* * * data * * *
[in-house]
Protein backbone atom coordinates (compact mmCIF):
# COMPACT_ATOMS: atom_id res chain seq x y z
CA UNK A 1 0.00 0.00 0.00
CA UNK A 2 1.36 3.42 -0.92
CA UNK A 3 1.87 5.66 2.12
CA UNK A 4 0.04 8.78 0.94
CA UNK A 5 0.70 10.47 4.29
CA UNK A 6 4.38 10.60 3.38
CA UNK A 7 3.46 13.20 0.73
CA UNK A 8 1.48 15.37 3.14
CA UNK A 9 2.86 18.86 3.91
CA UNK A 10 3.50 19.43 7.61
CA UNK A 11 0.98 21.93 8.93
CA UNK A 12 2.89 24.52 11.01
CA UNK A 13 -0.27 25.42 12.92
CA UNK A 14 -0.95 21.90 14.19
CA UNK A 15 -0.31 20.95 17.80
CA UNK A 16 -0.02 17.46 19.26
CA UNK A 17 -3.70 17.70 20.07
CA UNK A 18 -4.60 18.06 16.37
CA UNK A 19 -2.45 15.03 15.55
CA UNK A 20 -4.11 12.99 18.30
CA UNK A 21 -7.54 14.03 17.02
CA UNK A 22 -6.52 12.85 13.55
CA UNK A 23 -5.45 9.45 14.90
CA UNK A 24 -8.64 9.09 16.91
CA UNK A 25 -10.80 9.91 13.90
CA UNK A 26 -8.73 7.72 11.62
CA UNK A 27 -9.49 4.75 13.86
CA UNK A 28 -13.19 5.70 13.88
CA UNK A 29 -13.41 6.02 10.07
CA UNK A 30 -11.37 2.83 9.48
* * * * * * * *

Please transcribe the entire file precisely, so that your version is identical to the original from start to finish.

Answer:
[in-house]
Protein backbone atom coordinates (compact mmCIF):
# COMPACT_ATOMS: atom_id res chain seq x y z
CA UNK A 1 0.00 0.00 0.00
CA UNK A 2 1.36 3.42 -0.92
CA UNK A 3 1.87 5.66 2.12
CA UNK A 4 0.04 8.78 0.94
CA UNK A 5 0.70 10.47 4.29
CA UNK A 6 4.38 10.60 3.38
CA UNK A 7 3.46 13.20 0.73
CA UNK A 8 1.48 15.37 3.14
CA UNK A 9 2.86 18.86 3.91
CA UNK A 10 3.50 19.43 7.61
CA UNK A 11 0.98 21.93 8.93
CA UNK A 12 2.89 24.52 11.01
CA UNK A 13 -0.27 25.42 12.92
CA UNK A 14 -0.95 21.90 14.19
CA UNK A 15 -0.31 20.95 17.80
CA UNK A 16 -0.02 17.46 19.26
CA UNK A 17 -3.70 17.70 20.07
CA UNK A 18 -4.60 18.06 16.37
CA UNK A 19 -2.45 15.03 15.55
CA UNK A 20 -4.11 12.99 18.30
CA UNK A 21 -7.54 14.03 17.02
CA UNK A 22 -6.52 12.85 13.55
CA UNK A 23 -5.45 9.45 14.90
CA UNK A 24 -8.64 9.09 16.91
CA UNK A 25 -10.80 9.91 13.90
CA UNK A 26 -8.73 7.72 11.62
CA UNK A 27 -9.49 4.75 13.86
CA UNK A 28 -13.19 5.70 13.88
CA UNK A 29 -13.41 6.02 10.07
CA UNK A 30 -11.37 2.83 9.48